Clifton Avenue PBL Ribbon Cutting
Blog Post

Clifton Avenue Protected Bike Lanes Improve Safety for All Roadway Users

Tuesday, September 14, 2021 by Wade Johnston

View this op-ed published in the Cincinnati Enquirer here.

At Tri-State Trails, we believe that expanding the transportation options for people in our region benefits everyone, not just the people who choose to use them. Nowhere is this more true than the Clifton Avenue two-way protected bike lane near the University of Cincinnati. City of Cincinnati officials have recommended removing the lane by November, which was installed in March as a pilot project, and installing a permanent lane at a future date once $3 million in funding is secured.

We agree with City officials that the pilot has been a success, especially recently with the return of University of Cincinnati students to campus. The average daily usage of the lane has doubled in the past few weeks, giving college students a safe alternative for getting around in a neighborhood where traffic and parking can be a challenge. Perhaps more importantly, the volume of motorists driving faster than 40 miles per hour on Clifton Avenue fell by 43% after the protected bike lane was installed.

This drop in speed along Clifton Avenue, where at least 22 pedestrians have been hit since 2011, makes the street safer for pedestrians and other motorists; indeed, a pedestrian struck by a car moving 40 miles per hour is roughly twice as likely to die as the same pedestrian struck by a car moving 30 miles per hour.

There are other benefits to the community from a protected bike lane. Many people want to ride their bikes more, especially as a way of getting around rather than just for recreation, but they are nervous about the prospect of riding on a busy street. A study by the National Institute for Transportation and Communities looked at protected bike lanes in five cities and found that:

  • Ridership increased from 21% to 171% within one year of building the protected bike lanes;
  • 10% of those riders shifted from other modes of transportation, while a quarter shifted from other bike routes;
  • More than a quarter of riders said they were riding more;
  • Self-reported comfort levels were higher than a striped bike lane; and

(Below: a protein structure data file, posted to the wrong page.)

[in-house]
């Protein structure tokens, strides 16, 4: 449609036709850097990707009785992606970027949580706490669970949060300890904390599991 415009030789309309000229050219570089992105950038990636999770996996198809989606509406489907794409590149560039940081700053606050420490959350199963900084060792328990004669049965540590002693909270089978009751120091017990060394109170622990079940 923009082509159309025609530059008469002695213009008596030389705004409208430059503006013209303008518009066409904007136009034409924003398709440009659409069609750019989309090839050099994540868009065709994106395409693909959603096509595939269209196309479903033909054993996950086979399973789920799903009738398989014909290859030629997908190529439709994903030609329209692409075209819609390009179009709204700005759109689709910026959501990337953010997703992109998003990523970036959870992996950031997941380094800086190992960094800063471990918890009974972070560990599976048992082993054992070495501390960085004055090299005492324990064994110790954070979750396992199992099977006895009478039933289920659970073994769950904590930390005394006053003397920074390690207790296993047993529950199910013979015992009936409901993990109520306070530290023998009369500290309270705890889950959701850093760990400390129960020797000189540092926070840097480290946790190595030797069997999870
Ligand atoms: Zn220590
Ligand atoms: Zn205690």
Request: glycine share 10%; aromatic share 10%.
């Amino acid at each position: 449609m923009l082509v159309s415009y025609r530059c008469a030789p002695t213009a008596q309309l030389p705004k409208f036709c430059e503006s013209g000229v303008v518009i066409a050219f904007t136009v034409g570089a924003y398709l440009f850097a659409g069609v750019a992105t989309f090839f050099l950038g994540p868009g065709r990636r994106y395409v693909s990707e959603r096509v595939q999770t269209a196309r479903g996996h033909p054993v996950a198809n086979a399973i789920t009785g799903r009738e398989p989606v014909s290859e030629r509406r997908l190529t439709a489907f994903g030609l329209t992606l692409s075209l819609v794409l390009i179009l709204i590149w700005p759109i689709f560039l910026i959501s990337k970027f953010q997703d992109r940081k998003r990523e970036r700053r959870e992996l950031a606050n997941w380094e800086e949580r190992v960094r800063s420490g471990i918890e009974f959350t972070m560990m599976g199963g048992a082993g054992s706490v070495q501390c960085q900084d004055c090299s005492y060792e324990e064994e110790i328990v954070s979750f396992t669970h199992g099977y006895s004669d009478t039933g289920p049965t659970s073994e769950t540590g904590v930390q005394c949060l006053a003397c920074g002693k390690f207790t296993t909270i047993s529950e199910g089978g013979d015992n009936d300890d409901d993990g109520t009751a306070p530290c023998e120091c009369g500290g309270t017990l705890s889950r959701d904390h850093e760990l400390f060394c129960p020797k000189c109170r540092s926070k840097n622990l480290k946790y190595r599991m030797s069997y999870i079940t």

• No collisions or near-collisions in more than 144 hours of video involving 12,900 cyclists.

The study also found strong support for the protected lanes, with 75% of residents saying they support building more protected bike lanes, and 91% saying they support separating bikes from cars.

University and neighborhood representatives have expressed concern about traffic congestion and safety around the protected bike lane. These issues are not an outcome created by the new protected bike lane—rather, a visit to nearly any street around campus during rush hour will reveal that congestion and speeding are a normal occurrence around the University. A permanent protected bike lane and other roadway enhancements on Clifton Avenue can help solve those issues by giving residents and visitors a comfortable car-free way to get around. They also boost health by promoting active transportation and reducing pollution. There’s even evidence that local businesses benefit from bike traffic as people on bikes are more likely to stop and visit merchants than people in cars.

The pilot period has uncovered ways we can improve the Clifton Avenue protected bike lane and make this thoroughfare safer for all roadway users. We encourage all interested parties to come together to detail what the obstacles are—from better securing the buffer curbs to enabling winter snow removal to accommodating construction projects on the UC campus. Once we’ve inventoried the obstacles, we can come up with ways to address them to ensure the bike lane works as intended for everyone. The most important lesson from this project is the vision of mobility it represents: one that prioritizes cyclists and pedestrians as much as it prizes cars, and in doing so makes Cincinnati a safer place for us all.

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